Kansas Personal Injury Laws & Statutory Rules

Learn about personal injury fault and liability rules, damage caps, the statute of limitations, and more in Kansas.

A number of Kansas laws apply to cases in which a person is injured within the state. In this article, we summarize a few key points of Kansas injury law that may come into play in court cases, or even during insurance settlement negotiations.

Time Limits on Kansas Personal Injury Lawsuits

Kansas has a time limit imposed by state law, called a statute of limitations, that creates a deadline for filing an injury lawsuit in state civil court. In Kansas you have two years to file a court case after an injury -- seeking compensation from those who are legally responsible.

Usually, this two-year time limit runs from the date of the accident. But in rare cases, if you suffer a hidden injury that cannot be discovered on the accident date, the clock for the two year deadline may start running from the "discovery date" of your injury, instead of the accident date.

Comparative Fault in Kansas

Kansas uses a "comparative fault" rule to reduce or eliminate damages when an injured person is found to share the fault for the accident or incident that led to their injury.

Comparative fault is a component of many Kansas injury cases; it is not unusual to file a court case or insurance claim against another party, only to have them claim that you were partly or totally at fault for your own injuries.

Kansas's comparative fault rule works like this: Suppose you're shopping in a grocery store one day when you trip and fall on a broken floor tile. You didn't see the tile because you were busy reading the label on a food item you wanted to buy. Eventually, it's determined that you were 10 percent at fault for the fall, and the store was 90 percent at fault. Your total damages are also added up to total $1,000.

Since you were found partly at fault, a Kansas court is required to apply the comparative fault rule. Here, the court will subtract 10 percent of the $1,000 damages total and allow you to collect the rest, which is $900. If your portion of the fault had been 50 percent or more, however, the comparative fault rule would essentially bar your claim by dropping your damages award to zero, preventing you from collecting from any other at-fault party.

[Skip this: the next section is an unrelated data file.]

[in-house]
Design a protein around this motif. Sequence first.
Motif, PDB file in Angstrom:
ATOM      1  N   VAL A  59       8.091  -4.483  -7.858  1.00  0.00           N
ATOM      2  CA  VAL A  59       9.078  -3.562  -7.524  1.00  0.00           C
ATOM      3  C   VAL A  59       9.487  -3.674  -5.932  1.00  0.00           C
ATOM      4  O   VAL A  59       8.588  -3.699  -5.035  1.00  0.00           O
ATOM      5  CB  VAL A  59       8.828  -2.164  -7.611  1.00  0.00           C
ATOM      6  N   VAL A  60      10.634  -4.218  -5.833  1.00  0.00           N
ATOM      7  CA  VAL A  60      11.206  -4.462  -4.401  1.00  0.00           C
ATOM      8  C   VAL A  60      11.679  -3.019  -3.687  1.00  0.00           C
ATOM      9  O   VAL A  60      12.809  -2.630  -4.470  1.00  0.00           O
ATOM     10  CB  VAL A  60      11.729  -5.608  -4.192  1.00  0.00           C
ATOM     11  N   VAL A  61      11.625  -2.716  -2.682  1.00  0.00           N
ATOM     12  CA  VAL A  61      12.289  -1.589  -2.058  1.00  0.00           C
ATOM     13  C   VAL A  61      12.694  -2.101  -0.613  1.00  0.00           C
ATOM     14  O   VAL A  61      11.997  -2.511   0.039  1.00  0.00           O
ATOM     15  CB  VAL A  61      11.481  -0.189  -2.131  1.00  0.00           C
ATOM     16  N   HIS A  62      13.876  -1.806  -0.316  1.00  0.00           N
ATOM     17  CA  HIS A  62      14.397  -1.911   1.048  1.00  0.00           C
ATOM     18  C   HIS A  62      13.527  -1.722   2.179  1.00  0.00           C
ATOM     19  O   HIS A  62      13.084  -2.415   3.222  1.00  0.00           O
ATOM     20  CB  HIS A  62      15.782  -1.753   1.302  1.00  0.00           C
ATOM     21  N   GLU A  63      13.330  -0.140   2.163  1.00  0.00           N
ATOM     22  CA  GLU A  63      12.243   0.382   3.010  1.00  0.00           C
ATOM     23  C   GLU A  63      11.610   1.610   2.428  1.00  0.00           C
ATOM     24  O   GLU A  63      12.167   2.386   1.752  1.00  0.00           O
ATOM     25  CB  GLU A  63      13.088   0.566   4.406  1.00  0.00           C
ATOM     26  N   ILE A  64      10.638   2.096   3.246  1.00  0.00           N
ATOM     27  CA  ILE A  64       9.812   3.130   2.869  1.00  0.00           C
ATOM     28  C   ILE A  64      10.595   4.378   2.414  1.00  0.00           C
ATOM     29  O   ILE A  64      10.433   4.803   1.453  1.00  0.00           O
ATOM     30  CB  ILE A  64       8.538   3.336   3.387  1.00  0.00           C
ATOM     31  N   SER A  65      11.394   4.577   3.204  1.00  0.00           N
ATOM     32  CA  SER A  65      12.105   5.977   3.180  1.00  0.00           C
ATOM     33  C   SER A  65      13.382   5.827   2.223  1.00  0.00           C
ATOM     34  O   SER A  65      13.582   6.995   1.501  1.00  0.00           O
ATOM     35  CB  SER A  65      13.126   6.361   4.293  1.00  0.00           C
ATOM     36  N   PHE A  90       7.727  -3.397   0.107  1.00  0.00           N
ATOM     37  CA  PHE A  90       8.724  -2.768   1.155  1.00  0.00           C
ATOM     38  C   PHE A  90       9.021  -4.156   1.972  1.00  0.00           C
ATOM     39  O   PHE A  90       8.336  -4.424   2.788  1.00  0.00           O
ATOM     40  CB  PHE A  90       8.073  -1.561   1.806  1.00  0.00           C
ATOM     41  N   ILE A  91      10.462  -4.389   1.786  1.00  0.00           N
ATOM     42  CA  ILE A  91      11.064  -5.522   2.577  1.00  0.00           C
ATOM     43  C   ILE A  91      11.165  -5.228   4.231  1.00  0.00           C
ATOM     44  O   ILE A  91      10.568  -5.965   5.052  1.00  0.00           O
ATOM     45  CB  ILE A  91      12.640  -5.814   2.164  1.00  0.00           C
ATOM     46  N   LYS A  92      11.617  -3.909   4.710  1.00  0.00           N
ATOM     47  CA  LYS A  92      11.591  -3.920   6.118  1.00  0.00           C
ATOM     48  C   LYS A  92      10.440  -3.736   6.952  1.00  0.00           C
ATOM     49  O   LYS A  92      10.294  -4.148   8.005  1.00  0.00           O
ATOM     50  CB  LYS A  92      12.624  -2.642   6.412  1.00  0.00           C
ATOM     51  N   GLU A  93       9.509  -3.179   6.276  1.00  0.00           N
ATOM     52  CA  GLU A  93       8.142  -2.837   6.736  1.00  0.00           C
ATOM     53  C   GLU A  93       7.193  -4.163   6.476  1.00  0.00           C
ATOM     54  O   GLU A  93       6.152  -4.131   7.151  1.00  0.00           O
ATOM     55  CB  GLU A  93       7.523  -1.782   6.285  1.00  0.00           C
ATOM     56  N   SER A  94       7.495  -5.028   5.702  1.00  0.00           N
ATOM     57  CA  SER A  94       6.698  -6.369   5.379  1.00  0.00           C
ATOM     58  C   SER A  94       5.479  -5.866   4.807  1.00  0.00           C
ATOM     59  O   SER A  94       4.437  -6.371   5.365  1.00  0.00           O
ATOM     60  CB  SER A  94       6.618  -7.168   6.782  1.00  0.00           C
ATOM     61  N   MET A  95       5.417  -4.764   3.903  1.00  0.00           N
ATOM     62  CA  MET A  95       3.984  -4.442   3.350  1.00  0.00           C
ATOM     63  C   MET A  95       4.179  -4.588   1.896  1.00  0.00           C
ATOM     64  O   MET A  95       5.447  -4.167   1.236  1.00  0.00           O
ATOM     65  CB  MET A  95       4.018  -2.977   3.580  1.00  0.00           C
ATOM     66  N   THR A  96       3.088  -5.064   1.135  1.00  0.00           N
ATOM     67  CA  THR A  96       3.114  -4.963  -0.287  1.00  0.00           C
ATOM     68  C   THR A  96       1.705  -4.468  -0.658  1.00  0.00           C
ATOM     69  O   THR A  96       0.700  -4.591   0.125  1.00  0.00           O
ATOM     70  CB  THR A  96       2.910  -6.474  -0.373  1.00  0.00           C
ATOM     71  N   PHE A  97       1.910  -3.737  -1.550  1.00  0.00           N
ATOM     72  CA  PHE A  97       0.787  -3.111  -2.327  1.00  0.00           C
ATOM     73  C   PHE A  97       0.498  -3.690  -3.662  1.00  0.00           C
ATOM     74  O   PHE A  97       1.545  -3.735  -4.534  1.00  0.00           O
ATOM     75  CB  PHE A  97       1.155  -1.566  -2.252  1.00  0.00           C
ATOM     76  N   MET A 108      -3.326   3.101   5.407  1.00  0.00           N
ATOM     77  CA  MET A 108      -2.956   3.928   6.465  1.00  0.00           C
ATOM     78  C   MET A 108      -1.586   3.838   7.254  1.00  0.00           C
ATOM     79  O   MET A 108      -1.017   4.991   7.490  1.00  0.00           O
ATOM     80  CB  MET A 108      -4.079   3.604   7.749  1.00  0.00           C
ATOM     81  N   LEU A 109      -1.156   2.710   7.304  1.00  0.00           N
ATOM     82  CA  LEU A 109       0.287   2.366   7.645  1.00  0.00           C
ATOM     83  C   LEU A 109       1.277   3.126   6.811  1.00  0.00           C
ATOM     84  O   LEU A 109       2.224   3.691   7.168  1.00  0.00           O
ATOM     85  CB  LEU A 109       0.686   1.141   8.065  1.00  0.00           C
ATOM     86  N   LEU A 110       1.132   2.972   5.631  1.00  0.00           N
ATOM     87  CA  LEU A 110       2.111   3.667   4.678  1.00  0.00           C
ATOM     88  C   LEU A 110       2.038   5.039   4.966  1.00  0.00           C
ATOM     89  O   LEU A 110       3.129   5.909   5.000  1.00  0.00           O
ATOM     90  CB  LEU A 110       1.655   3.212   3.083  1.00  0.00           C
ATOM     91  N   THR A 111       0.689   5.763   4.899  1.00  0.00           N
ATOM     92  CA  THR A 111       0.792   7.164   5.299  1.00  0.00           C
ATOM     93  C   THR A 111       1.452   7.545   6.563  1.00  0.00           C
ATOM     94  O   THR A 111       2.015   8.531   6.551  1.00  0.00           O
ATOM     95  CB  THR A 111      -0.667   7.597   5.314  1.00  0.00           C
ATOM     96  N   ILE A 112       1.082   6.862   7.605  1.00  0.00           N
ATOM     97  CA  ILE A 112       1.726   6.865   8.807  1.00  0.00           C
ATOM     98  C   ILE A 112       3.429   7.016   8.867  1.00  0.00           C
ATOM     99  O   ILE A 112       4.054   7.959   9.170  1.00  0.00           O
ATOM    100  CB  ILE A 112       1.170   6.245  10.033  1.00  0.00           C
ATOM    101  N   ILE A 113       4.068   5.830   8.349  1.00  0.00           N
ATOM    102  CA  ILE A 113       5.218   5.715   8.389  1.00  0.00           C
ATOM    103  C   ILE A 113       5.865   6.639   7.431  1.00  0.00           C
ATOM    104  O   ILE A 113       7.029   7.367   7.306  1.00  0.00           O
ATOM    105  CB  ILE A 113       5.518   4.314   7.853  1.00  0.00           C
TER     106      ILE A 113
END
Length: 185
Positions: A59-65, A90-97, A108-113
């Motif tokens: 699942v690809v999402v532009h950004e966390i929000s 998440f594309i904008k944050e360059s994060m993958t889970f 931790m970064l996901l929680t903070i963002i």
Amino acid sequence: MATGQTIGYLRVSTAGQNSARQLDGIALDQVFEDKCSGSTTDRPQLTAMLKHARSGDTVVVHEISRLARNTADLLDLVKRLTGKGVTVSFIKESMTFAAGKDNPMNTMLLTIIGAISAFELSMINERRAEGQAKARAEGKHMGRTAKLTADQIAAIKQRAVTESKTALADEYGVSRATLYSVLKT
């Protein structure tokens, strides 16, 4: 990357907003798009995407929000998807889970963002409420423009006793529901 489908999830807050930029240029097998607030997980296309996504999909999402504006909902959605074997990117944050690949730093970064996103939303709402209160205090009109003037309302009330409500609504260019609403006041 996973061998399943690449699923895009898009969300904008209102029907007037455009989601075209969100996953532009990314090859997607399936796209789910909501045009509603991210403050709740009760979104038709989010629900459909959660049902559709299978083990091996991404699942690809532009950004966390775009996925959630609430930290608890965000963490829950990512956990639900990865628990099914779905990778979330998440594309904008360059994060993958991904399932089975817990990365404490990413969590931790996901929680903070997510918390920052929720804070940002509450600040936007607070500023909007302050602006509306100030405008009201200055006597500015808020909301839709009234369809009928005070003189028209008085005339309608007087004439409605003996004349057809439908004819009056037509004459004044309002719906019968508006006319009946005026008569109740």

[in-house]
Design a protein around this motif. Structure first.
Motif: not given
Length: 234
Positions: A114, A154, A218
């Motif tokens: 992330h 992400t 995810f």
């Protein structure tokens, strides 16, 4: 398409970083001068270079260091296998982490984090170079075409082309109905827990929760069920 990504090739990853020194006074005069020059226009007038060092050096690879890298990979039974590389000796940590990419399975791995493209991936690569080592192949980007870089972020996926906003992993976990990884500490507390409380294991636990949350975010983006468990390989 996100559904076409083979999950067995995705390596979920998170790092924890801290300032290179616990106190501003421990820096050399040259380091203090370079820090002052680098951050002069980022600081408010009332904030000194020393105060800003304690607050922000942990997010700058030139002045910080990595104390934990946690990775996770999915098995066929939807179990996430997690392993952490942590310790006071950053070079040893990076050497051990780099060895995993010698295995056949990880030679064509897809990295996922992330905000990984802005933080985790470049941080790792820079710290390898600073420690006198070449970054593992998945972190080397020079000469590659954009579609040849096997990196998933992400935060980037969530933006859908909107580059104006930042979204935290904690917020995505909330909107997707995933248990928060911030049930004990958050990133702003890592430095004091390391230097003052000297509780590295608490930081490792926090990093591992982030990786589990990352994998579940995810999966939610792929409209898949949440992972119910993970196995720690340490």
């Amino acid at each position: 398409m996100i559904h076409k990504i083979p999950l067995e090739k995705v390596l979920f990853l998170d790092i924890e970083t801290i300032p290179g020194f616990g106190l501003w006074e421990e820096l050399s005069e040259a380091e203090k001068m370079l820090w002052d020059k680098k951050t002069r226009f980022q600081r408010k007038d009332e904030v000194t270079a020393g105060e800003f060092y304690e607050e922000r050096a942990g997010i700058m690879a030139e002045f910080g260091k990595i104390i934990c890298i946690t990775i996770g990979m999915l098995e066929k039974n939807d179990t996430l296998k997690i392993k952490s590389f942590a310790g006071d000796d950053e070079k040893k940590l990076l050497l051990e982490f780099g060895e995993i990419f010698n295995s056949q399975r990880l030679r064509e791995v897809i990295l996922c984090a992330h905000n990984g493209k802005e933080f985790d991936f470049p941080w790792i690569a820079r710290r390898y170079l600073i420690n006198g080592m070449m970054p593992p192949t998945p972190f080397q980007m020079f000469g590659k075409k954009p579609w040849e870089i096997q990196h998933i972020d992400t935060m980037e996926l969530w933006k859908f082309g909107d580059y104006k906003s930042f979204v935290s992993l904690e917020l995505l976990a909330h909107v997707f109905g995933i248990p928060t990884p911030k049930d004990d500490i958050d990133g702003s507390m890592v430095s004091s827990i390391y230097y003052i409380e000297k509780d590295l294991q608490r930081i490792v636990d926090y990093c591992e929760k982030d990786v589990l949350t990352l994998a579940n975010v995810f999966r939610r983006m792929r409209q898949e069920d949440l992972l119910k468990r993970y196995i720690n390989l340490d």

Courts in Kansas will always apply the comparative fault rule when both parties share fault, because the law requires it. Insurance adjusters also like to bring the rule up during settlement negotiations, so it helps to be prepared.

Unique Laws for Car Accident Cases

Kansas has "no-fault" auto insurance laws. No-fault systems like Kansas's typically require injured people to file insurance claims under their own coverage after a car accident, rather than going to court and holding the other driver accountable.

In order to bring an auto accident case to court in Kansas, an injured person must both have exhausted his or her insurance personal injury protection (PIP) benefits and have suffered a "serious injury." A "serious injury" may be any of the following:

  • permanent disfigurement
  • fracture of weight-bearing bone
  • compound, comminuted, compressed, or displaced fracture of any bone
  • permanent injury, or
  • permanent loss of a body function.

For more on these types of injury cases, see our article on No-Fault Car Accident Claims.

Owner Liability For Injury by a Dog or Other Animal

There is no specific statute in Kansas governing personal injury liability for dog bites. Owners will be held liable for injuries caused by their dog (or other animal) if the injured party can show that the owner “should have known” the animal was dangerous. This is known as the “one bite” rule.

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